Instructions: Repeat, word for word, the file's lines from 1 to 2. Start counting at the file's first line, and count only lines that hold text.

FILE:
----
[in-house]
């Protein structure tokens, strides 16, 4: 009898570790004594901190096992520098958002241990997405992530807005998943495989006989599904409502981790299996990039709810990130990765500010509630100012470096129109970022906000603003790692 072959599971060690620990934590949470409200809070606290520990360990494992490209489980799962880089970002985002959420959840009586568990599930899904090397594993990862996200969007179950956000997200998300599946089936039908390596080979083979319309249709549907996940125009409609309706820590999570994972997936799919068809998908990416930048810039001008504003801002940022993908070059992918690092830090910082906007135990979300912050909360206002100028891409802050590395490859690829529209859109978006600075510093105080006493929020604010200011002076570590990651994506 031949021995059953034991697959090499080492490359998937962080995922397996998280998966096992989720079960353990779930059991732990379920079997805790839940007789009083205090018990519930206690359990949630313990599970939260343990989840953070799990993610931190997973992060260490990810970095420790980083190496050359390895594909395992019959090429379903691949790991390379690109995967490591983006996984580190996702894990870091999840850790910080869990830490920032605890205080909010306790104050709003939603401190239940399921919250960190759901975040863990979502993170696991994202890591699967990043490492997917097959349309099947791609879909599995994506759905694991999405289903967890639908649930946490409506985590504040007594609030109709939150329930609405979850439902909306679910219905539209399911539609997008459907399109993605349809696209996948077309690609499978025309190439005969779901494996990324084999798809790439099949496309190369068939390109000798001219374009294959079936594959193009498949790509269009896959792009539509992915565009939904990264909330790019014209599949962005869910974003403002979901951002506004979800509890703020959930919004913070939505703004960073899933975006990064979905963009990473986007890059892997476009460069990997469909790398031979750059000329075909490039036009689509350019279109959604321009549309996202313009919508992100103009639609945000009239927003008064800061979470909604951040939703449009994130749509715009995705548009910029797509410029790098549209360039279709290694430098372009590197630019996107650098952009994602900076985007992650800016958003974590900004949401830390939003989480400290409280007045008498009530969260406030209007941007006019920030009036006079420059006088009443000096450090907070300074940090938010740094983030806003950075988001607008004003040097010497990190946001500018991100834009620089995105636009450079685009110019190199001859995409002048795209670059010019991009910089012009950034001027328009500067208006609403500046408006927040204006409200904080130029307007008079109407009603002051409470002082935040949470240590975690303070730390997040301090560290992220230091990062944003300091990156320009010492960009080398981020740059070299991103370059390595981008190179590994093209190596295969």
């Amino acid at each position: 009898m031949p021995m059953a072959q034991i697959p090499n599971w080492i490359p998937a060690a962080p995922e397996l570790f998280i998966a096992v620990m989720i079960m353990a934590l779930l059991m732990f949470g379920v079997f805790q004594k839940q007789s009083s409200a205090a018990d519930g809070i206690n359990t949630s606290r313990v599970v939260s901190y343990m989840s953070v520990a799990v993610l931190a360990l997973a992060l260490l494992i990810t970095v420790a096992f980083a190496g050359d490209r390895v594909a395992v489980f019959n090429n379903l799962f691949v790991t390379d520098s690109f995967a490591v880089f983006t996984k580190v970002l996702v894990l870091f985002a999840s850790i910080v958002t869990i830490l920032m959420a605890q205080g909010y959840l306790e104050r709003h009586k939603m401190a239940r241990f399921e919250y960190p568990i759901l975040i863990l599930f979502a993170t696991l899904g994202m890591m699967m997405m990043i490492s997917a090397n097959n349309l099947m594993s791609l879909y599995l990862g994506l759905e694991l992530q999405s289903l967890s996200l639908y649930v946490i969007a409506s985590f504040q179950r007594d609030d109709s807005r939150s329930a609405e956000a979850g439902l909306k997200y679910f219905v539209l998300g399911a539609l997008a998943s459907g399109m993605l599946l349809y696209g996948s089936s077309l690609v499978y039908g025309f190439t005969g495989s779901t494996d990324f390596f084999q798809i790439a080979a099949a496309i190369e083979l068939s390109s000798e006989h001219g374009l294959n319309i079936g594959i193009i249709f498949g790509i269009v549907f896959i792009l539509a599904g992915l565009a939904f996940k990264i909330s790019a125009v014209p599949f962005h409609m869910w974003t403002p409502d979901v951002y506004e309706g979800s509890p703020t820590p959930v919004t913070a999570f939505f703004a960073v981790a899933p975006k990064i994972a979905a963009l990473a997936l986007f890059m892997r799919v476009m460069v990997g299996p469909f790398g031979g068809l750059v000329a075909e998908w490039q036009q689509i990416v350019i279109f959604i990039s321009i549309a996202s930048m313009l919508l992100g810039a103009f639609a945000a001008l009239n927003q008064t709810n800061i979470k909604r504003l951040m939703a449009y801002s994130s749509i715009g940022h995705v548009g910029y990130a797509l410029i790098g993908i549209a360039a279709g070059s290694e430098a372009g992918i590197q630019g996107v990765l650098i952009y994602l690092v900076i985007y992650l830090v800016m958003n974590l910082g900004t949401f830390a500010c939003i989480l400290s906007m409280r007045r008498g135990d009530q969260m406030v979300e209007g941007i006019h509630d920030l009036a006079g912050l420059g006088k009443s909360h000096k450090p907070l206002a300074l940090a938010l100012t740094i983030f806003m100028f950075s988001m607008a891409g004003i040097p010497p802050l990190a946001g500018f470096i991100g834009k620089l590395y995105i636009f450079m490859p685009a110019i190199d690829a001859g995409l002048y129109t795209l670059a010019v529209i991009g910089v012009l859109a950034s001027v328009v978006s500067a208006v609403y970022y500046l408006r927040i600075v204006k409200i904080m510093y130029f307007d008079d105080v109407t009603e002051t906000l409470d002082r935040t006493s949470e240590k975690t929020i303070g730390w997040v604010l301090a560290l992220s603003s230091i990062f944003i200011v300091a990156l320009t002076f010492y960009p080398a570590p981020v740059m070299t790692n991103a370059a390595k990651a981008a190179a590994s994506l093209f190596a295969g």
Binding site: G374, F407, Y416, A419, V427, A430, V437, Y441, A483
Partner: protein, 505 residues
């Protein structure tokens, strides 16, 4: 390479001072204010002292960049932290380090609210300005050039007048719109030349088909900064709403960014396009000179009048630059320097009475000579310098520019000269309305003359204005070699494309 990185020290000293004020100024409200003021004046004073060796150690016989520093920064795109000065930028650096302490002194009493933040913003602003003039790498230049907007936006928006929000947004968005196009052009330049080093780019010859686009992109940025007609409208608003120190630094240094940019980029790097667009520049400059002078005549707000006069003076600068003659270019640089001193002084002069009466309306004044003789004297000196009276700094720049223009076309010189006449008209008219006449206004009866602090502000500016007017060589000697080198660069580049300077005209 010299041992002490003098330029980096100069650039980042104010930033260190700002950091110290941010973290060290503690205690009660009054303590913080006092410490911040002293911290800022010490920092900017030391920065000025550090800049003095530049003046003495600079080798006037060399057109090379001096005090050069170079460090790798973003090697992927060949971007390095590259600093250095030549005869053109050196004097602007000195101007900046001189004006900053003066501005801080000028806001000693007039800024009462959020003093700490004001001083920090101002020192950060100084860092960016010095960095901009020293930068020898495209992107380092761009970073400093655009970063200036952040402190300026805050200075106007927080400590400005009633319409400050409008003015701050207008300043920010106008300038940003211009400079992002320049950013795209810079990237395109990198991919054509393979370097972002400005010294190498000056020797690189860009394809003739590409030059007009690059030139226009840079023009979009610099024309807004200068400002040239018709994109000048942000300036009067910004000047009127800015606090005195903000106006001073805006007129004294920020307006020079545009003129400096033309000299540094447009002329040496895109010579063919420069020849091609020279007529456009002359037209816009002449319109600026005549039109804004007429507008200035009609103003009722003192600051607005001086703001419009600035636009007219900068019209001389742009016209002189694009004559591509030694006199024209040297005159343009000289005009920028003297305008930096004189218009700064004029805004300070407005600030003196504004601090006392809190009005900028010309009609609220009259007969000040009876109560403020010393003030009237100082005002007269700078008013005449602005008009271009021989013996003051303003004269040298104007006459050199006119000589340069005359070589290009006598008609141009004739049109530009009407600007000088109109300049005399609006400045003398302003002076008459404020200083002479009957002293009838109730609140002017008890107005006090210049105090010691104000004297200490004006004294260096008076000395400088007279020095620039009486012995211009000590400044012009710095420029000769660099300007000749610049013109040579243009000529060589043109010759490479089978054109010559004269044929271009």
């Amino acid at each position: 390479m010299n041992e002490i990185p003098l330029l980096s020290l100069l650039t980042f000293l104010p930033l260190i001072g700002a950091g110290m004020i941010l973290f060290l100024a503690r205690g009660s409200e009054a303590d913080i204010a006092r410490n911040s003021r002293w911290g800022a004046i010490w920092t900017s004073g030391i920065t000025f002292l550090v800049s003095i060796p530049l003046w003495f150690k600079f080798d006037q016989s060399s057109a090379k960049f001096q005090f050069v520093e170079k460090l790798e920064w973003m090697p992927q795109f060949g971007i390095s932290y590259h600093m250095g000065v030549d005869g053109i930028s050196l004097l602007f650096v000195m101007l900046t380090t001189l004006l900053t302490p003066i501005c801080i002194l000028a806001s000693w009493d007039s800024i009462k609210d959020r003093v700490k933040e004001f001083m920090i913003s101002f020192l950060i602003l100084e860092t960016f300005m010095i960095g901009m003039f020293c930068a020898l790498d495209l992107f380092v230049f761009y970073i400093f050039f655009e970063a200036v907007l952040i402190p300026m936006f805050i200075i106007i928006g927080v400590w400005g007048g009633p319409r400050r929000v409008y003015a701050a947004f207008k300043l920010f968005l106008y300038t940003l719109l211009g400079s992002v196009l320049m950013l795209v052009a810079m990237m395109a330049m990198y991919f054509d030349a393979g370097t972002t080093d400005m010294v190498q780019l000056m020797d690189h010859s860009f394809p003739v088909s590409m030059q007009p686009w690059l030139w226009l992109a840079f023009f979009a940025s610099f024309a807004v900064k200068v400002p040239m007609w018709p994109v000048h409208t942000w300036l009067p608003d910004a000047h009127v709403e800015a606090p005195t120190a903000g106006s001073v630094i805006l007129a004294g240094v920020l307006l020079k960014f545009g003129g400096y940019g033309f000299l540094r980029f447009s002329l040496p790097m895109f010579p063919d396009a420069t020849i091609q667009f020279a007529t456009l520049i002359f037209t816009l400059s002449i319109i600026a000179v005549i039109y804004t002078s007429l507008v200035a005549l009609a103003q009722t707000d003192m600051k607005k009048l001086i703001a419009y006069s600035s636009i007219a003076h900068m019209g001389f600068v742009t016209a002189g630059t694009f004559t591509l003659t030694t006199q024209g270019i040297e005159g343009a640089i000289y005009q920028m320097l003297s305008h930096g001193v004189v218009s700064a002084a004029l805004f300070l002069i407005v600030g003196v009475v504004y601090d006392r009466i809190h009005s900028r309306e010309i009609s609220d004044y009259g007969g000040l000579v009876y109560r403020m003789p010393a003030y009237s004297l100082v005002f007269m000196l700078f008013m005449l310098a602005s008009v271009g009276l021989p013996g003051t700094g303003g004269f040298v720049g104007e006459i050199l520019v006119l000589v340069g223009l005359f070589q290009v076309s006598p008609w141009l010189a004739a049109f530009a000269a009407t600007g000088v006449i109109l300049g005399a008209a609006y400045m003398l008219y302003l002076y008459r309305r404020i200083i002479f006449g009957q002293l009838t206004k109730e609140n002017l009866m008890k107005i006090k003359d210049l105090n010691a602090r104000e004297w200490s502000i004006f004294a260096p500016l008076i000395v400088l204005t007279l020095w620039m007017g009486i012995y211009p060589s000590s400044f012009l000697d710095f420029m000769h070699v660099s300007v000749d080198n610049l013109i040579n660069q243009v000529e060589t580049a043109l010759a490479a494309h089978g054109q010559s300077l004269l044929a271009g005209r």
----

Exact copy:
[in-house]
């Protein structure tokens, strides 16, 4: 009898570790004594901190096992520098958002241990997405992530807005998943495989006989599904409502981790299996990039709810990130990765500010509630100012470096129109970022906000603003790692 072959599971060690620990934590949470409200809070606290520990360990494992490209489980799962880089970002985002959420959840009586568990599930899904090397594993990862996200969007179950956000997200998300599946089936039908390596080979083979319309249709549907996940125009409609309706820590999570994972997936799919068809998908990416930048810039001008504003801002940022993908070059992918690092830090910082906007135990979300912050909360206002100028891409802050590395490859690829529209859109978006600075510093105080006493929020604010200011002076570590990651994506 031949021995059953034991697959090499080492490359998937962080995922397996998280998966096992989720079960353990779930059991732990379920079997805790839940007789009083205090018990519930206690359990949630313990599970939260343990989840953070799990993610931190997973992060260490990810970095420790980083190496050359390895594909395992019959090429379903691949790991390379690109995967490591983006996984580190996702894990870091999840850790910080869990830490920032605890205080909010306790104050709003939603401190239940399921919250960190759901975040863990979502993170696991994202890591699967990043490492997917097959349309099947791609879909599995994506759905694991999405289903967890639908649930946490409506985590504040007594609030109709939150329930609405979850439902909306679910219905539209399911539609997008459907399109993605349809696209996948077309690609499978025309190439005969779901494996990324084999798809790439099949496309190369068939390109000798001219374009294959079936594959193009498949790509269009896959792009539509992915565009939904990264909330790019014209599949962005869910974003403002979901951002506004979800509890703020959930919004913070939505703004960073899933975006990064979905963009990473986007890059892997476009460069990997469909790398031979750059000329075909490039036009689509350019279109959604321009549309996202313009919508992100103009639609945000009239927003008064800061979470909604951040939703449009994130749509715009995705548009910029797509410029790098549209360039279709290694430098372009590197630019996107650098952009994602900076985007992650800016958003974590900004949401830390939003989480400290409280007045008498009530969260406030209007941007006019920030009036006079420059006088009443000096450090907070300074940090938010740094983030806003950075988001607008004003040097010497990190946001500018991100834009620089995105636009450079685009110019190199001859995409002048795209670059010019991009910089012009950034001027328009500067208006609403500046408006927040204006409200904080130029307007008079109407009603002051409470002082935040949470240590975690303070730390997040301090560290992220230091990062944003300091990156320009010492960009080398981020740059070299991103370059390595981008190179590994093209190596295969």